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NBC's "Community" Deserves Its Recognition
The 2011 Primetime Emmy Awards nominations were announced this morning and came the expected crop of previous years’ nominees as well as recognition for newer shows. Yet, in the comedy field, one innovative show that’s developed a cult following just after two seasons was shut out again this time. I’m talking of course, “Community,” one of the funniest and freshest comedies on network television that deserves more recognition.
Don’t get me wrong, I was happy to hear that other comedies like “30 Rock,” “The Big Bang Theory,” “Parks and Recreation,” and “Modern Family” picked up numerous nominations this year. But “Community” is a show that isn’t afraid to break the fourth wall and doesn’t copy the well-established multi-camera sitcom structure. While critically acclaimed, perhaps a fault of the show is its inability to make a dent in the Nielsen ratings, especially this past season when CBS’s “The Big Bang Theory” was moved to the 8pm Thursday slot that’s occupied by “Community” on NBC. So if the Academy of Television Arts and Science won’t honor “Community,” I’ll take this opportunity to do that myself.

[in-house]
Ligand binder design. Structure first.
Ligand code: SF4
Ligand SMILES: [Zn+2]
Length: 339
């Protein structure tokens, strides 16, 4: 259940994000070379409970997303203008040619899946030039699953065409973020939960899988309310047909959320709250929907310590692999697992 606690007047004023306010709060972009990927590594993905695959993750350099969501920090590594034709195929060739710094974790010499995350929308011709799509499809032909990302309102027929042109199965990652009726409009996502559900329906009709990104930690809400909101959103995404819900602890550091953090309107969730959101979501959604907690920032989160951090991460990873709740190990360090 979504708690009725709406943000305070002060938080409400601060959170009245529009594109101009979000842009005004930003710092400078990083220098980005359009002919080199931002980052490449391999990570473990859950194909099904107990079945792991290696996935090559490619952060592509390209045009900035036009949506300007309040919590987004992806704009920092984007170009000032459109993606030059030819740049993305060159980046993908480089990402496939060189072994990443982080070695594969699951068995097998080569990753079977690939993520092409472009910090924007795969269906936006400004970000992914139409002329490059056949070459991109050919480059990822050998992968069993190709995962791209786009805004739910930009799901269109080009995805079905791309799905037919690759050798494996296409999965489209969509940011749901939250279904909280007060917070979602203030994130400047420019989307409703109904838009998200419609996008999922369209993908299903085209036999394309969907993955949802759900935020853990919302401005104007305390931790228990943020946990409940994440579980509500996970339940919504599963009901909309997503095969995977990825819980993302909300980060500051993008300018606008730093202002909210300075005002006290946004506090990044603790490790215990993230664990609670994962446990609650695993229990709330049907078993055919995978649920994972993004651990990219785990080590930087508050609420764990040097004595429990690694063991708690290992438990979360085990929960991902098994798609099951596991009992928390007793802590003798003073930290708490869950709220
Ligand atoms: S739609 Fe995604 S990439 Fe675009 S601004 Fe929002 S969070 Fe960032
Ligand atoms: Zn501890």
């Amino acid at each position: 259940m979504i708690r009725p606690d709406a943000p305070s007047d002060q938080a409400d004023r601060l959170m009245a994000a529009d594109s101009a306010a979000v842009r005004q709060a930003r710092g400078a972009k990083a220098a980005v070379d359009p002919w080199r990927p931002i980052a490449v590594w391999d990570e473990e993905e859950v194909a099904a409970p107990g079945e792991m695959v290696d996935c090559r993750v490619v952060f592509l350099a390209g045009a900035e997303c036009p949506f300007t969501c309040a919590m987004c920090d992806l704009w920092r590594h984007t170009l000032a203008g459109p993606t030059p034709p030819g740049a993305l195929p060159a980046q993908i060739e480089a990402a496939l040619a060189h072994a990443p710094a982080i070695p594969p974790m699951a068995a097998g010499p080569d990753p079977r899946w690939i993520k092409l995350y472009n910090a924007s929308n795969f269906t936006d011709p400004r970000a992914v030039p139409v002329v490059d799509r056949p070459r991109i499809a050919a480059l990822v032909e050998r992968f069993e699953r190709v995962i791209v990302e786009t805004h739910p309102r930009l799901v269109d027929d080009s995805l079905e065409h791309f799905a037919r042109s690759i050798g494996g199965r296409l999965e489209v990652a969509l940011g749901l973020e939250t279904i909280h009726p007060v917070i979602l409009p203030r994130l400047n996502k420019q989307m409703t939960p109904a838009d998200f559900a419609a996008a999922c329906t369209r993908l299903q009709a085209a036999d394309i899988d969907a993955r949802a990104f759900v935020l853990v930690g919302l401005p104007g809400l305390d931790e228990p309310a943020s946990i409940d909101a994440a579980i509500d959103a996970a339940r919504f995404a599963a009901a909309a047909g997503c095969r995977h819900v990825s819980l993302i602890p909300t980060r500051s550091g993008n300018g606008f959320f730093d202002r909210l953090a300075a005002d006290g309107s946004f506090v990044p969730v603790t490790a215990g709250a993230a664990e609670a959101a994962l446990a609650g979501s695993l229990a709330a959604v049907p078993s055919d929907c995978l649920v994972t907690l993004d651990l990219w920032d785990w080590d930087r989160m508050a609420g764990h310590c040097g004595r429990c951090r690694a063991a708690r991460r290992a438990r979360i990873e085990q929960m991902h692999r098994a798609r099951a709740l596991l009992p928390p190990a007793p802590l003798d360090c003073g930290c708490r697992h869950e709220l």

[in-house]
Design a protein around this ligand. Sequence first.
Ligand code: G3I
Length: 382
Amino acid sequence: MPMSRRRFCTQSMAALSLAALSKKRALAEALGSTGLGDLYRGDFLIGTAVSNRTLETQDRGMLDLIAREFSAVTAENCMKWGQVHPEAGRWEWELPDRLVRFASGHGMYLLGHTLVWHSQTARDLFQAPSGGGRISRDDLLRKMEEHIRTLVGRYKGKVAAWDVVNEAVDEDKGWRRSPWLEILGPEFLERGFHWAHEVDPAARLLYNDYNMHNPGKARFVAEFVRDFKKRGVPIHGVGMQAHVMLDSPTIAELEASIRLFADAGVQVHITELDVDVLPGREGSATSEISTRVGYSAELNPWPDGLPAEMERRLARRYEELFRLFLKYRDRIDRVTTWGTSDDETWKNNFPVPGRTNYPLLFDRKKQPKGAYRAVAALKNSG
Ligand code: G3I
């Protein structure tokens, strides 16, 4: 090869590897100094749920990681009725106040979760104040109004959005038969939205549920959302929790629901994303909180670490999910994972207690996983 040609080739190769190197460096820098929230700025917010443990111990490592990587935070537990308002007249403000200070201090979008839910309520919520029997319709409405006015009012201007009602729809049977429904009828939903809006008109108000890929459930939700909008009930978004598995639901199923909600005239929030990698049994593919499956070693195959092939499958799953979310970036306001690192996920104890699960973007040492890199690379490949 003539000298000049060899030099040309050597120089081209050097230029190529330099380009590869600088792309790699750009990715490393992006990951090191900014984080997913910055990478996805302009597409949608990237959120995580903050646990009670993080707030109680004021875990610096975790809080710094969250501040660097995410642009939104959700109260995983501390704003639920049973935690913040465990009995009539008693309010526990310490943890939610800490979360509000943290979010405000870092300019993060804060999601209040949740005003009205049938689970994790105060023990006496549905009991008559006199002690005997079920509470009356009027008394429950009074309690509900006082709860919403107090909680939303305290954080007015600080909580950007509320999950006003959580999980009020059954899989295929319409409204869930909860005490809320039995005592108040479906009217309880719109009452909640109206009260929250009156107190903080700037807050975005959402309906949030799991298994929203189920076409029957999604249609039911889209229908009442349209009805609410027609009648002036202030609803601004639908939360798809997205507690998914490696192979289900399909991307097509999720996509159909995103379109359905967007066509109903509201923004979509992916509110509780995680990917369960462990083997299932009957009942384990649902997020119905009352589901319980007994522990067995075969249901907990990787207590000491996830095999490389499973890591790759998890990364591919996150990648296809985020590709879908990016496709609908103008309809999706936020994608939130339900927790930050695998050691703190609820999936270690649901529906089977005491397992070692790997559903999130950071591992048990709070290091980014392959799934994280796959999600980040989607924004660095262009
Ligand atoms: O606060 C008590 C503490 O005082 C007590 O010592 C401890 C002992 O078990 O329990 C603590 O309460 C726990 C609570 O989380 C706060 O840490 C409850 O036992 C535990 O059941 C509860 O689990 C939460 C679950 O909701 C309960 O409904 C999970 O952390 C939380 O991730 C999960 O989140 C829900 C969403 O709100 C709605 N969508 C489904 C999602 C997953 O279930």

Created by Dan Harmon, “Community” is an ensemble comedy set at the fictional community college Greendale in Colorado. Jeff Winger is a disbarred lawyer who faked his college degree but makes a deal with the Colorado Bar Association to enroll at Greendale so he could practice law again in the future if he graduates. Arrogant and self-centered, Jeff isn’t the the most likable. In the first few episodes of the series, he forms a study group in hopes of hooking up with his new classmate Britta (Gillian Jacobs). Britta is the compassionate one of the group who served in the Peace Corps, supports environmental causes and tends to be the voice of reason during certain conflicts within the group. Abed is the Palestinian-Polish American student with an off-beat social personality and frequently makes pop culture references when the occasion arises. Troy Barnes (Donald Glover) is a former high school football star who forms his own “bromance” with Abed, as they learn of a shared sense of humor.